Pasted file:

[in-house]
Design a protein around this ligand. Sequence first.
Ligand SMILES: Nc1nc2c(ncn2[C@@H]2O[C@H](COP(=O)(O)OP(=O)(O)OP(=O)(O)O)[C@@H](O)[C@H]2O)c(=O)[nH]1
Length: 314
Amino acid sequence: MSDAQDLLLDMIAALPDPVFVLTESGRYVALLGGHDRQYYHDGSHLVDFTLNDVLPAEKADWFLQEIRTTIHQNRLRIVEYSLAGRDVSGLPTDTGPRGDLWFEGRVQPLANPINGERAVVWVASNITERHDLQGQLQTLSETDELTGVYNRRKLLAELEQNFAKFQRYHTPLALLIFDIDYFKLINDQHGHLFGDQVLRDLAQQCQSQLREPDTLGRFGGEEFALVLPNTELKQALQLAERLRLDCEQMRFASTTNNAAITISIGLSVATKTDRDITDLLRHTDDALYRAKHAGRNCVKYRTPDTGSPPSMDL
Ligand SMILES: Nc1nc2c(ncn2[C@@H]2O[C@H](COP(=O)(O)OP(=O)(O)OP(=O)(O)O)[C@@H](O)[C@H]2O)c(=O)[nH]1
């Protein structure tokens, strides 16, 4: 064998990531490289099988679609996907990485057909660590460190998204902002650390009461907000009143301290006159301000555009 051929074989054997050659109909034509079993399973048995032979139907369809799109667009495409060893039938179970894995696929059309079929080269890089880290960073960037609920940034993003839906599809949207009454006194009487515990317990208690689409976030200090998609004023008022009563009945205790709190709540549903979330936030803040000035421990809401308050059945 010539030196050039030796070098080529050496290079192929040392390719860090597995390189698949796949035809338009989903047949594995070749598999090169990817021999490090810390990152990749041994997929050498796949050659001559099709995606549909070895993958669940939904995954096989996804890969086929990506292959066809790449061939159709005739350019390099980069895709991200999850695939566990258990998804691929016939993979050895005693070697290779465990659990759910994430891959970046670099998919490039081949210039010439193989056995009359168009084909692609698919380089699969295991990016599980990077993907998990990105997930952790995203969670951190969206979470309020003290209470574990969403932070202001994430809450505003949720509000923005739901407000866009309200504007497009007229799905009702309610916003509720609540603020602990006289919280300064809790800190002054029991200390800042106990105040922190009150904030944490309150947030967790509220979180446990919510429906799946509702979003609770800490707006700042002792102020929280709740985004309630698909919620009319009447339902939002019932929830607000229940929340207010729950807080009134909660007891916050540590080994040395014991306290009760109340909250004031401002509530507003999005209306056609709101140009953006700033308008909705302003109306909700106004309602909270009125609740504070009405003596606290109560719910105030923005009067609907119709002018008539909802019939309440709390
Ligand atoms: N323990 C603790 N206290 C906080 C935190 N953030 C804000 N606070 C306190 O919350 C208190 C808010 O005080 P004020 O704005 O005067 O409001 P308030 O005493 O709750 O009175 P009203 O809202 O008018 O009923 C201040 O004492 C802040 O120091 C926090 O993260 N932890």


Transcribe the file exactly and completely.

[in-house]
Design a protein around this ligand. Sequence first.
Ligand SMILES: Nc1nc2c(ncn2[C@@H]2O[C@H](COP(=O)(O)OP(=O)(O)OP(=O)(O)O)[C@@H](O)[C@H]2O)c(=O)[nH]1
Length: 314
Amino acid sequence: MSDAQDLLLDMIAALPDPVFVLTESGRYVALLGGHDRQYYHDGSHLVDFTLNDVLPAEKADWFLQEIRTTIHQNRLRIVEYSLAGRDVSGLPTDTGPRGDLWFEGRVQPLANPINGERAVVWVASNITERHDLQGQLQTLSETDELTGVYNRRKLLAELEQNFAKFQRYHTPLALLIFDIDYFKLINDQHGHLFGDQVLRDLAQQCQSQLREPDTLGRFGGEEFALVLPNTELKQALQLAERLRLDCEQMRFASTTNNAAITISIGLSVATKTDRDITDLLRHTDDALYRAKHAGRNCVKYRTPDTGSPPSMDL
Ligand SMILES: Nc1nc2c(ncn2[C@@H]2O[C@H](COP(=O)(O)OP(=O)(O)OP(=O)(O)O)[C@@H](O)[C@H]2O)c(=O)[nH]1
């Protein structure tokens, strides 16, 4: 064998990531490289099988679609996907990485057909660590460190998204902002650390009461907000009143301290006159301000555009 051929074989054997050659109909034509079993399973048995032979139907369809799109667009495409060893039938179970894995696929059309079929080269890089880290960073960037609920940034993003839906599809949207009454006194009487515990317990208690689409976030200090998609004023008022009563009945205790709190709540549903979330936030803040000035421990809401308050059945 010539030196050039030796070098080529050496290079192929040392390719860090597995390189698949796949035809338009989903047949594995070749598999090169990817021999490090810390990152990749041994997929050498796949050659001559099709995606549909070895993958669940939904995954096989996804890969086929990506292959066809790449061939159709005739350019390099980069895709991200999850695939566990258990998804691929016939993979050895005693070697290779465990659990759910994430891959970046670099998919490039081949210039010439193989056995009359168009084909692609698919380089699969295991990016599980990077993907998990990105997930952790995203969670951190969206979470309020003290209470574990969403932070202001994430809450505003949720509000923005739901407000866009309200504007497009007229799905009702309610916003509720609540603020602990006289919280300064809790800190002054029991200390800042106990105040922190009150904030944490309150947030967790509220979180446990919510429906799946509702979003609770800490707006700042002792102020929280709740985004309630698909919620009319009447339902939002019932929830607000229940929340207010729950807080009134909660007891916050540590080994040395014991306290009760109340909250004031401002509530507003999005209306056609709101140009953006700033308008909705302003109306909700106004309602909270009125609740504070009405003596606290109560719910105030923005009067609907119709002018008539909802019939309440709390
Ligand atoms: N323990 C603790 N206290 C906080 C935190 N953030 C804000 N606070 C306190 O919350 C208190 C808010 O005080 P004020 O704005 O005067 O409001 P308030 O005493 O709750 O009175 P009203 O809202 O008018 O009923 C201040 O004492 C802040 O120091 C926090 O993260 N932890």